Celebrating Late Winter

I have to admit that I’m quite grateful that we’re now in our final month of Winter. I simply cannot wait for the cheeriness that Spring brings-the new green growth, fields of lambs and sense of fertility and hope.


However as I can now see the light at the end of the gloomy, cold winter tunnel I feel I owe winter a final thank you and so I plan to enjoy February, in all it’s late winter beauty. 

February’s meaning stems from the idea of purification, in preparation for the busier times of Spring. I like this idea of slowly building up energy again, spending more time outside and using this month as a time to nourish oneself, taking longer walks and gradually building up the oomph needed for hours of gardening and farming in Spring (although in my case I’m more readying myself for childbirth in April!)

We can take this idea of purification and apply it to our homes as well. Cleaning out cluttered wardrobes, cupboards and freshening up interiors. Even looking to our daily rhymes and changing them as needed. I’ve been reading a wonderful e-book by Whole Family Rhythms which is all about this idea of rhyme in the home. So far it’s already motivated me to rotate and store some of Rupert’s overflowing toys (leaving a tidier home!), spruce up my meal planning and put the ritual and gratitude back into meal times.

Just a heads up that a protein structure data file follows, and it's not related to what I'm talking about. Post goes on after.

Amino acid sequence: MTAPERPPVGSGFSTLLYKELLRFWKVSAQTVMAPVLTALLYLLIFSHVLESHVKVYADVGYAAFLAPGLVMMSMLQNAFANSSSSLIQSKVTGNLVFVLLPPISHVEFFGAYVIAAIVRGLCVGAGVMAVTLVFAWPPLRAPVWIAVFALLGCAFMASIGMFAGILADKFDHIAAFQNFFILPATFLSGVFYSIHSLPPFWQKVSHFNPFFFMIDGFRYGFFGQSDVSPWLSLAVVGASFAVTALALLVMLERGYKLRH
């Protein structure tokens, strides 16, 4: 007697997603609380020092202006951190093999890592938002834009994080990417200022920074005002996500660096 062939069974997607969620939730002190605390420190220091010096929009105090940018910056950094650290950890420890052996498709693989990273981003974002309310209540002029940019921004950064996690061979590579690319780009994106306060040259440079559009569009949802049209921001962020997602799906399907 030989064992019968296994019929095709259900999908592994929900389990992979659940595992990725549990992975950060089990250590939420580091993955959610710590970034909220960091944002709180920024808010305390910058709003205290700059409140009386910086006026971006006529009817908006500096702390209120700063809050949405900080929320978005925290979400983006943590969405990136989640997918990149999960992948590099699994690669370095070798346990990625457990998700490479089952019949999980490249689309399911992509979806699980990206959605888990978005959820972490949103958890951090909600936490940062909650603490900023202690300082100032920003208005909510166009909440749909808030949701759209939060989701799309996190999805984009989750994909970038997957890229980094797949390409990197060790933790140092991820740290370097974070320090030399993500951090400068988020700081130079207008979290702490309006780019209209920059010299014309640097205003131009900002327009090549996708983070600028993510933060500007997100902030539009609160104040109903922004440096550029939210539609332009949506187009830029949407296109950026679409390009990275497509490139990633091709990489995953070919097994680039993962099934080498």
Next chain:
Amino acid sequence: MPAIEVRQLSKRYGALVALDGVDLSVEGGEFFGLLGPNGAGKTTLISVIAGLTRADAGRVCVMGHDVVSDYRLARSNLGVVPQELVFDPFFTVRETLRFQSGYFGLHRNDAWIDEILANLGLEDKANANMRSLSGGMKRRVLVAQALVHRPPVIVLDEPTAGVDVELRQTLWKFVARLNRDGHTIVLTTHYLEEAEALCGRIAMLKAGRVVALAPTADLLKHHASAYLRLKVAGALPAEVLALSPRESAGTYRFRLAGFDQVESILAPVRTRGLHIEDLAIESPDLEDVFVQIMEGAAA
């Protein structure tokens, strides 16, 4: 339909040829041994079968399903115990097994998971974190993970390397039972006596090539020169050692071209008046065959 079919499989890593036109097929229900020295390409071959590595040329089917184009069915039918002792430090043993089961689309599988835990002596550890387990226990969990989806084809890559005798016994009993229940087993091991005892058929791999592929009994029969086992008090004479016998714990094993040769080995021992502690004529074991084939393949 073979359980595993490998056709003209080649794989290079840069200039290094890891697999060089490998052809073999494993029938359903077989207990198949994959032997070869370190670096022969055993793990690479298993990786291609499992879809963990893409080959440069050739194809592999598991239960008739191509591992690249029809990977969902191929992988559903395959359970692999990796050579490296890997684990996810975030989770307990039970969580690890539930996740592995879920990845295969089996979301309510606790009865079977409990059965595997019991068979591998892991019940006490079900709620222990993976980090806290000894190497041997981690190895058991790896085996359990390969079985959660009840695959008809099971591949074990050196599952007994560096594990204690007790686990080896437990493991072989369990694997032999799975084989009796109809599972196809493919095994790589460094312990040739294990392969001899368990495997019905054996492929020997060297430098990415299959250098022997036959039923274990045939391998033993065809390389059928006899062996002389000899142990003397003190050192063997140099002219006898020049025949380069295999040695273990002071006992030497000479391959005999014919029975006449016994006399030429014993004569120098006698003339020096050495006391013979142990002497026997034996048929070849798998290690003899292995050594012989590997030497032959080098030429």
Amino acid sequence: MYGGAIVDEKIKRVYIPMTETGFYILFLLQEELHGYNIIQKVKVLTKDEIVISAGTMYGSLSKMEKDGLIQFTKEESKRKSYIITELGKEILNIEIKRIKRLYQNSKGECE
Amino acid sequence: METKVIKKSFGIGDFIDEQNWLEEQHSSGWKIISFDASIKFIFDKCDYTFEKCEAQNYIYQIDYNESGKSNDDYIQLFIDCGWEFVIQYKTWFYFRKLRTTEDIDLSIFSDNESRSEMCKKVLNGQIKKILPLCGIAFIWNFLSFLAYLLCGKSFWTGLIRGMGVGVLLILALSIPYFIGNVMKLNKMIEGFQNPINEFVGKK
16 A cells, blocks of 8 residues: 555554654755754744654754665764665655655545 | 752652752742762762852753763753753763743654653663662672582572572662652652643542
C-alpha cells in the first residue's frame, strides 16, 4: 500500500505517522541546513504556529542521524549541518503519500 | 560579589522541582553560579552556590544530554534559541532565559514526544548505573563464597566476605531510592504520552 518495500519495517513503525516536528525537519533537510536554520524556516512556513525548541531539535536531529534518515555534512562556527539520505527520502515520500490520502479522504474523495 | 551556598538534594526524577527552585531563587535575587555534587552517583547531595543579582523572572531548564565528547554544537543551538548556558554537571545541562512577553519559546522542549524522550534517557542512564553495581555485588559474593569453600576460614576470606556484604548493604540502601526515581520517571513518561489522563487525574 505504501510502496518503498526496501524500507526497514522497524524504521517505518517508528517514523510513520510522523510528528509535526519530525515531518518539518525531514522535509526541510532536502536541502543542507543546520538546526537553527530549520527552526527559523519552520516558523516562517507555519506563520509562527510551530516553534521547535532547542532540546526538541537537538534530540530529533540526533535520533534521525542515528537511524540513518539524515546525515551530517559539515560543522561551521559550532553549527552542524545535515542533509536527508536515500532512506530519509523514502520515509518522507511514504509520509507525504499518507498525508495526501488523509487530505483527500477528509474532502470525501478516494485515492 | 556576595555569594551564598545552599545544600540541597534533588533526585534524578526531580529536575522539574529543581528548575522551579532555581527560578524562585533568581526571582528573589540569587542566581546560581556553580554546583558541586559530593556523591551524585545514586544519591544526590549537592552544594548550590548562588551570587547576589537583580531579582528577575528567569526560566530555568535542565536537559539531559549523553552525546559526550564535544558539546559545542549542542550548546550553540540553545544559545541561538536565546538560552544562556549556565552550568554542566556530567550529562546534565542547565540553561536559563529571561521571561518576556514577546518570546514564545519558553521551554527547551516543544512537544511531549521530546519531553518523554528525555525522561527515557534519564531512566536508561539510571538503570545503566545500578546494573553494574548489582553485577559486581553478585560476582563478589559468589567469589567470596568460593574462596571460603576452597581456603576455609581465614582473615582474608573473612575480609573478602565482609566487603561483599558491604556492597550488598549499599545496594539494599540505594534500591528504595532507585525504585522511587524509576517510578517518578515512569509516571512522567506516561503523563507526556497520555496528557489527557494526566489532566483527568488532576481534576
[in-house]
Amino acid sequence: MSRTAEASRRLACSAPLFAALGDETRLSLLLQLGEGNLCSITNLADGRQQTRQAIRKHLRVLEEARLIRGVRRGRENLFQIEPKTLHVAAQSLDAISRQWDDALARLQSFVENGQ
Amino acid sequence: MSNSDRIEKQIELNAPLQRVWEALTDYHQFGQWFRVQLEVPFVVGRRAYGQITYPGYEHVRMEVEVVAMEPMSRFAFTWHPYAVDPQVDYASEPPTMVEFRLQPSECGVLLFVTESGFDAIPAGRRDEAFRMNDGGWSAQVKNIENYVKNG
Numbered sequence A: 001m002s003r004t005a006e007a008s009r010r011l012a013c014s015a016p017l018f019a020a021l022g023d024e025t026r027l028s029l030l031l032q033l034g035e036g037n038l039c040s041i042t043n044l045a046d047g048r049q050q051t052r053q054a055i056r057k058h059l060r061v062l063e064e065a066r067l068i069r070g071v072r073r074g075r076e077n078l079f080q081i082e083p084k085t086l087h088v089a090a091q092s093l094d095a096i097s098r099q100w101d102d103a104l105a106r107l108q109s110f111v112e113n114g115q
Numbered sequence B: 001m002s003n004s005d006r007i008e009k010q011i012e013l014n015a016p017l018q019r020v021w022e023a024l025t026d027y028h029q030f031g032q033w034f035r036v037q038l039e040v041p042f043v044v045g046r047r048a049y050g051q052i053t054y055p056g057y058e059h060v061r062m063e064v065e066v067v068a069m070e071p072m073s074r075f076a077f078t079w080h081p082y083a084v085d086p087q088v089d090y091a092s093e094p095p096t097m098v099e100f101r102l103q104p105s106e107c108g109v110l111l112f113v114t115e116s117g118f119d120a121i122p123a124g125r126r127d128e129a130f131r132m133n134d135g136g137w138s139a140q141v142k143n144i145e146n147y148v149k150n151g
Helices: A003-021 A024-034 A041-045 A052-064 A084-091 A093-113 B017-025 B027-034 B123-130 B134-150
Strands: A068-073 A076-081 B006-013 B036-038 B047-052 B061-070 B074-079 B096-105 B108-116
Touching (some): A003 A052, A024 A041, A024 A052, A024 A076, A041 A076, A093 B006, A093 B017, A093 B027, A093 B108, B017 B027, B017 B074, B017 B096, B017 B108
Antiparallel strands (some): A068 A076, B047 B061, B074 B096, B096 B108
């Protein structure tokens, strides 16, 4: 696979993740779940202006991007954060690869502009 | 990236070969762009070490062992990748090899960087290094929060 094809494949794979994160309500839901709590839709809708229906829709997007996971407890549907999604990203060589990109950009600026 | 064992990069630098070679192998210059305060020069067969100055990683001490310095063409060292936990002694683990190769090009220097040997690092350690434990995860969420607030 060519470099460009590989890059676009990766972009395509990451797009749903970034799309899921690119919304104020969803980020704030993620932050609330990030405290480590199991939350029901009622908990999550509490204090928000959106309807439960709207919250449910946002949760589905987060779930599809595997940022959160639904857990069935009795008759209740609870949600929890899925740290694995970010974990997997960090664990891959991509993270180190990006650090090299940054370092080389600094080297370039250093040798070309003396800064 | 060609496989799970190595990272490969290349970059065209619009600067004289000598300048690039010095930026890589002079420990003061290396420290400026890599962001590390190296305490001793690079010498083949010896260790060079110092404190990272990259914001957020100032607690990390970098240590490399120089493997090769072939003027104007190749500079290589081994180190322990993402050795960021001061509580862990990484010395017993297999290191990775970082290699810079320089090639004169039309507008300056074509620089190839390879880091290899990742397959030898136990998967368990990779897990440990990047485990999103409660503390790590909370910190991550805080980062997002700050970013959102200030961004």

Now, some of you will already be aware that I have started up a little monthly bookclub. Focuinf on non-fiction books in the genre of natural living and nature. Last month we read The Wild Remedy by Emma Mitchell and this month we are reading The Light in the Dark by Horatio Clare. This is part winter nature journal and part journal echoing his struggle with mental health. So far it’s an excellent read well suited to late winter. If you want to join in the discussions come and join our Nature & Nourish FB group. Link above in the menu!

Celebrating Late Winter-Celebrations & Food